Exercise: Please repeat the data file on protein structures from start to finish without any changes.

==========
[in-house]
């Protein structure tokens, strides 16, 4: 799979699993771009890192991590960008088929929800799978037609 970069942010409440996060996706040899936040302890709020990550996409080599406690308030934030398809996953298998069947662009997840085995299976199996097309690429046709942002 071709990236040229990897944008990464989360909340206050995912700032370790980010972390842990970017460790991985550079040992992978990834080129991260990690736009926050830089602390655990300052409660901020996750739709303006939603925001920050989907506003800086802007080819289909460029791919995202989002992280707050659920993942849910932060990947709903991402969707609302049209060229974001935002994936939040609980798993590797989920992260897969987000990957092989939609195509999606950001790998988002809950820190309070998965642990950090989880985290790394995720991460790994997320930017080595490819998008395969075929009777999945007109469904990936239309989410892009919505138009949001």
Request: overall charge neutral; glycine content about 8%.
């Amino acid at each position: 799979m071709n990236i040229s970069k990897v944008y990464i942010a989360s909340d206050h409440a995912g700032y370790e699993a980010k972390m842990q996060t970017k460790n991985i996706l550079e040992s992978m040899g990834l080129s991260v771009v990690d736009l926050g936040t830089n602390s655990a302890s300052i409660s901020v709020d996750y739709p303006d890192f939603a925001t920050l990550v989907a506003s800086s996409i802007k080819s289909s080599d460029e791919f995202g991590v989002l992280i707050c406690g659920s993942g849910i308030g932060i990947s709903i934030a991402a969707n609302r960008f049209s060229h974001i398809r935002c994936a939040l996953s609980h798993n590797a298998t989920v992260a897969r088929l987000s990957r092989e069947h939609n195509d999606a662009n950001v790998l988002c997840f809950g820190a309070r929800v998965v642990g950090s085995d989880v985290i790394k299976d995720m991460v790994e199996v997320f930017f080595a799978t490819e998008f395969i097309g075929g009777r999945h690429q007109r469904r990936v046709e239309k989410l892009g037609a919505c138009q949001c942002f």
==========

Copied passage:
[in-house]
């Protein structure tokens, strides 16, 4: 799979699993771009890192991590960008088929929800799978037609 970069942010409440996060996706040899936040302890709020990550996409080599406690308030934030398809996953298998069947662009997840085995299976199996097309690429046709942002 071709990236040229990897944008990464989360909340206050995912700032370790980010972390842990970017460790991985550079040992992978990834080129991260990690736009926050830089602390655990300052409660901020996750739709303006939603925001920050989907506003800086802007080819289909460029791919995202989002992280707050659920993942849910932060990947709903991402969707609302049209060229974001935002994936939040609980798993590797989920992260897969987000990957092989939609195509999606950001790998988002809950820190309070998965642990950090989880985290790394995720991460790994997320930017080595490819998008395969075929009777999945007109469904990936239309989410892009919505138009949001």
Request: overall charge neutral; glycine content about 8%.
């Amino acid at each position: 799979m071709n990236i040229s970069k990897v944008y990464i942010a989360s909340d206050h409440a995912g700032y370790e699993a980010k972390m842990q996060t970017k460790n991985i996706l550079e040992s992978m040899g990834l080129s991260v771009v990690d736009l926050g936040t830089n602390s655990a302890s300052i409660s901020v709020d996750y739709p303006d890192f939603a925001t920050l990550v989907a506003s800086s996409i802007k080819s289909s080599d460029e791919f995202g991590v989002l992280i707050c406690g659920s993942g849910i308030g932060i990947s709903i934030a991402a969707n609302r960008f049209s060229h974001i398809r935002c994936a939040l996953s609980h798993n590797a298998t989920v992260a897969r088929l987000s990957r092989e069947h939609n195509d999606a662009n950001v790998l988002c997840f809950g820190a309070r929800v998965v642990g950090s085995d989880v985290i790394k299976d995720m991460v790994e199996v997320f930017f080595a799978t490819e998008f395969i097309g075929g009777r999945h690429q007109r469904r990936v046709e239309k989410l892009g037609a919505c138009q949001c942002f």